"There's a lot that comes into kind of co-existing with bears.  Bears are highly adaptable creatures, and they really are attracted to a variety of different types of food sources.  And, so, when bears kind of wander through residential areas or maybe come visit homesteads, if they find easy food, they'll take advantage of it, and, so, that can be bird feeders.  It could be pet food.  It could be trash, and they will often get into that, and bears are long-lived and they have a really good memory, and, so, they may come back and revisit those food sources.  So, a lot of what we talk about is really being bear aware, especially if you reside in bear country, but remembering that that population is growing and expanding.  We have bears that live around Lake of the Ozarks.  We have bears that kind of disperse and wander through some of the St. Louis suburbs every year, and, so, making sure that you don't have those attractants out there for bears is really key to helping keep that bear population wild.  So, when bears start getting attracted to those human foods, they'll start to seek it out and then you might start to get some of that nuisance behavior--that problem behavior.  So, really making sure you're not providing those attractants to bears, helps keep them wild.  There's plenty of natural foods out there, and, as long as they don't have easy access to trash and bird feeders and things like that, they'll use those natural foods."

You said they're long-lived.  How long to bears live in the wild?

"Bears can live up to 25 years in the wild, so that's quite a long time, especially for an animal that has that good memory and can be pretty habitual in their patterns, and, so, when they find some of those easy food sources, they might come to the same home year after year, at the same time of year, if they continue to get access to those foods."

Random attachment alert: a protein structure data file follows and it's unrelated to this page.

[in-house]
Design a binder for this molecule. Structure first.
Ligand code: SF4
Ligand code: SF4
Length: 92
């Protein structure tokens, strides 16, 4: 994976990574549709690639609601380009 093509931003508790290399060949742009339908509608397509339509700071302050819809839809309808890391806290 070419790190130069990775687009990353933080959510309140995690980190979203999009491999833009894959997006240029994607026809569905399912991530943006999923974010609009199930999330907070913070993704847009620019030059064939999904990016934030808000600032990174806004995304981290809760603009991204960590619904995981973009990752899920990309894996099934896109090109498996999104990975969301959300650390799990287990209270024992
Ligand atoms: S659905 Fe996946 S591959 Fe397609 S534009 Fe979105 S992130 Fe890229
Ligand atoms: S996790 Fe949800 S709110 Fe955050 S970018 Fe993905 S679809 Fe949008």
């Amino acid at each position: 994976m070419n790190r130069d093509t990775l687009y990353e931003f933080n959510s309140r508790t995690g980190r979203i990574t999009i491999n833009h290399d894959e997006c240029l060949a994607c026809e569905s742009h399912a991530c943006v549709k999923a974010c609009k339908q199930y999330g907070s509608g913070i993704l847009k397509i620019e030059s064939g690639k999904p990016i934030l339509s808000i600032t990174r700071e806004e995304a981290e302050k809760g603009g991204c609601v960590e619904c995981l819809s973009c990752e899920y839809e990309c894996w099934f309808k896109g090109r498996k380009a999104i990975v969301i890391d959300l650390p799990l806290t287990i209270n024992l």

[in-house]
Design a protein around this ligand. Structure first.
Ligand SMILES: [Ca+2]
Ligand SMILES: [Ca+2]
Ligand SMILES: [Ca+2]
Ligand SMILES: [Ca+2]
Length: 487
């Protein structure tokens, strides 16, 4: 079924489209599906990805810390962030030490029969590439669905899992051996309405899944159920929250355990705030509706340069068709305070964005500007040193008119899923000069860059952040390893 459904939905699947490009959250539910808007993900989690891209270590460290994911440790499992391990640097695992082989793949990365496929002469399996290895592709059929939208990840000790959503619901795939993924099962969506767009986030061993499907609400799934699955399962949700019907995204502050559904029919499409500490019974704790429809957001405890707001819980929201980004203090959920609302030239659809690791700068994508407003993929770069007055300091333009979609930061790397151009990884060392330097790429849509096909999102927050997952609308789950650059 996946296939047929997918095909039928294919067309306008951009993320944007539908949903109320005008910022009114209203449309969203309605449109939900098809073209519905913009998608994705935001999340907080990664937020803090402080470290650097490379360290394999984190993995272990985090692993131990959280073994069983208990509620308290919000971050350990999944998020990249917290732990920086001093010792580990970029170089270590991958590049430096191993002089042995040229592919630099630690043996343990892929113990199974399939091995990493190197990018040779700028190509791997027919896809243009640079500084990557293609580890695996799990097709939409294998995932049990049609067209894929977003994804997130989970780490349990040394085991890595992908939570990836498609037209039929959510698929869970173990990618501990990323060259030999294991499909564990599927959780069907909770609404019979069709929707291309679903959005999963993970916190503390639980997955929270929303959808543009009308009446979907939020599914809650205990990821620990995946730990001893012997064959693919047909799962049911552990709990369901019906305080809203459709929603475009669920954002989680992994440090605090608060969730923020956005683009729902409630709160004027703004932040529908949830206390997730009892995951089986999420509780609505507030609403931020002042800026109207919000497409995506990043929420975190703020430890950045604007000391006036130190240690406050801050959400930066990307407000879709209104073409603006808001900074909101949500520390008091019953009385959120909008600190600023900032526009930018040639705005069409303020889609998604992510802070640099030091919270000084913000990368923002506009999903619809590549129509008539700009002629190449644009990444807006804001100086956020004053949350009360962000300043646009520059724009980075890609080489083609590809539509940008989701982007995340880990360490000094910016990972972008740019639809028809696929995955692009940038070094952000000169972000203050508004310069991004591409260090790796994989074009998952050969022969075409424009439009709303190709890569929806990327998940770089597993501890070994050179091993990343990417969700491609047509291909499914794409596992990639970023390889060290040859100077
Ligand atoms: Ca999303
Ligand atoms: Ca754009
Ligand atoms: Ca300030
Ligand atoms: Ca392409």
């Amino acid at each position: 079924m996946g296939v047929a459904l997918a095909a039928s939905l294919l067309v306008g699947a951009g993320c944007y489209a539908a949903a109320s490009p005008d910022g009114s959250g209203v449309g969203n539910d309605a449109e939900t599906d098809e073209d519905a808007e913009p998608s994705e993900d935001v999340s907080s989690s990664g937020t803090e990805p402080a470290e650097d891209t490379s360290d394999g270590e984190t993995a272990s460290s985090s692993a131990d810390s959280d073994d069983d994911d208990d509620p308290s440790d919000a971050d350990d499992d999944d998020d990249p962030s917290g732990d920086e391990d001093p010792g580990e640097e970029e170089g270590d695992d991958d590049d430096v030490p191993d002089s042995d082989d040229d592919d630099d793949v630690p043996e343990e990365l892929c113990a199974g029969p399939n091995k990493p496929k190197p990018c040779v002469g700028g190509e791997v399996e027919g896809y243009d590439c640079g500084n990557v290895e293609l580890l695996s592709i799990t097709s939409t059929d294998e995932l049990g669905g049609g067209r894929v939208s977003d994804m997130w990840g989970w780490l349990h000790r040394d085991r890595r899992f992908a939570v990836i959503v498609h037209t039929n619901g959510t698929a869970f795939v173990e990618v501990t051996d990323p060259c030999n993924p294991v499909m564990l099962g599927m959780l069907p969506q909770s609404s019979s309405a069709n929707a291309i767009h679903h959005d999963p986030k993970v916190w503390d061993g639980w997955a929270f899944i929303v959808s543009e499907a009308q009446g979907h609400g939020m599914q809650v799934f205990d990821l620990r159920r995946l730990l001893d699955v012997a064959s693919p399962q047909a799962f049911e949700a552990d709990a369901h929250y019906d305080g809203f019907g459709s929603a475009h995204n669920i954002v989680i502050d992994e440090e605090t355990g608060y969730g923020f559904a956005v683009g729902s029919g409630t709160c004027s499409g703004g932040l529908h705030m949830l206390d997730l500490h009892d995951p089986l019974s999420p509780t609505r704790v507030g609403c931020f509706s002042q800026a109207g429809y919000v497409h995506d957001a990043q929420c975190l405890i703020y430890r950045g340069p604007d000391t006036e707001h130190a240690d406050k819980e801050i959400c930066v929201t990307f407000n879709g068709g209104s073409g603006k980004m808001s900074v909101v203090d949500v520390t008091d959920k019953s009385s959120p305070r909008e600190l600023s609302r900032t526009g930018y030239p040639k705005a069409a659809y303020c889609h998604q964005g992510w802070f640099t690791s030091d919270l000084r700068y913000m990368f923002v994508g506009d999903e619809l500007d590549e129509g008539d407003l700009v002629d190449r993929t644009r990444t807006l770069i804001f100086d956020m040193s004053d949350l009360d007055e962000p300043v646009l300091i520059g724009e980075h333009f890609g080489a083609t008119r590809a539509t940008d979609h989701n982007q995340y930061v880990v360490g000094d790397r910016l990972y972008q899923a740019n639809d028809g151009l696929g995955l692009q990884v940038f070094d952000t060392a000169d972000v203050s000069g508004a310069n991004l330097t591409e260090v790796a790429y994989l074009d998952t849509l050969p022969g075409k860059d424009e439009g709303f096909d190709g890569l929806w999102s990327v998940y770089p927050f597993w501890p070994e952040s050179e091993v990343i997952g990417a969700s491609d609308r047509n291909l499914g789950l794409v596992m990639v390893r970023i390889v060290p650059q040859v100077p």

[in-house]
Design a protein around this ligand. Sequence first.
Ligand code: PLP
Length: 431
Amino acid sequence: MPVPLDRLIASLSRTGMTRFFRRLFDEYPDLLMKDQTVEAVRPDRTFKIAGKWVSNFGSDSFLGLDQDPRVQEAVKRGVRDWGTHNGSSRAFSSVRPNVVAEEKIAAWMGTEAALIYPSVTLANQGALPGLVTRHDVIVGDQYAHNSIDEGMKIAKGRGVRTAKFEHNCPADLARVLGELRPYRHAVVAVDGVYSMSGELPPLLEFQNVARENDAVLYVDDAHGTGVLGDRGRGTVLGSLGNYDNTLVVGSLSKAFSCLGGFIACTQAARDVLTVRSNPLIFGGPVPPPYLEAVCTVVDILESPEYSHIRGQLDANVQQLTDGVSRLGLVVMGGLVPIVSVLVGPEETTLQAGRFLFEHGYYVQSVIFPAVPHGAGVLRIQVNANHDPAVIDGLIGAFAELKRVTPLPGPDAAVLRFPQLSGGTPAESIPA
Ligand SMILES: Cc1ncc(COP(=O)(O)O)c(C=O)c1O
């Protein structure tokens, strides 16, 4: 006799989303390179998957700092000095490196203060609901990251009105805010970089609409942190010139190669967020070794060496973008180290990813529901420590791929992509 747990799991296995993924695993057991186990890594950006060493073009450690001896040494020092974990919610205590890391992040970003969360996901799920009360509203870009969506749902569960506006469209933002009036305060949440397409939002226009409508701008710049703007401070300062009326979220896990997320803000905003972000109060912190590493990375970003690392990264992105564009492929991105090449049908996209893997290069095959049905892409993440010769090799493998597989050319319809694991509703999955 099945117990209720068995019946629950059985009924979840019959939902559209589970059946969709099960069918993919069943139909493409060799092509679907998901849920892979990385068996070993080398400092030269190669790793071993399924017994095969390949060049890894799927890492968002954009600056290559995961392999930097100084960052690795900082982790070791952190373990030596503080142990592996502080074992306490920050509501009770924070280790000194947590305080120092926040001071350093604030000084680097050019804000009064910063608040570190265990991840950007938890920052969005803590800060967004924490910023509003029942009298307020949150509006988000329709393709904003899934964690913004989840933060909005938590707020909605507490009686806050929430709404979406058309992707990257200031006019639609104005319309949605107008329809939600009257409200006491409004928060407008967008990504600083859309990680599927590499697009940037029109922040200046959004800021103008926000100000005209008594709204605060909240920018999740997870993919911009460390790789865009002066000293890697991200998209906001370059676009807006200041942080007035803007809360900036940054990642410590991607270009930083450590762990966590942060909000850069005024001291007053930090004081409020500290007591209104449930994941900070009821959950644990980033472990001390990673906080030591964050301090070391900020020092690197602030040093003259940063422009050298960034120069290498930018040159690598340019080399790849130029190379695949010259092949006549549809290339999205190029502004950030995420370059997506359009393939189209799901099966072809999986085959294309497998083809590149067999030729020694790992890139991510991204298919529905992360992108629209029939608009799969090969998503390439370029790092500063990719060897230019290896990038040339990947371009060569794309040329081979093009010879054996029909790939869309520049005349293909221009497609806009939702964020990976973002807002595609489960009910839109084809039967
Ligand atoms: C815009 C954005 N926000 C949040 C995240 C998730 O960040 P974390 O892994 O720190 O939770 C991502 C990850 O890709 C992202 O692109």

Is there anything else you want to add?

"Yeah, so, I think in terms of clarification for the hunting season, right now the hunting season that we're proposing is really to provide that opportunity for harvest.  Our bear population's at a level where it can sustain that limited and highly regulated harvest, so providing that opportunity for Missouri residents and then, as that population continues to grow, we'll look to establish those population benchmarks at which time harvest would be an essential component to that population management."

Any idea how many bears would be allowed to be taken or is that something that's still very much under consideration?

"We don't have any quotas or permit numbers established at this point.  Right now, we're just seeking that initial comment on that proposed framework.  And then, as  this moves through the process,  we would look to that population model to help determine what permit numbers and quota numbers could look like."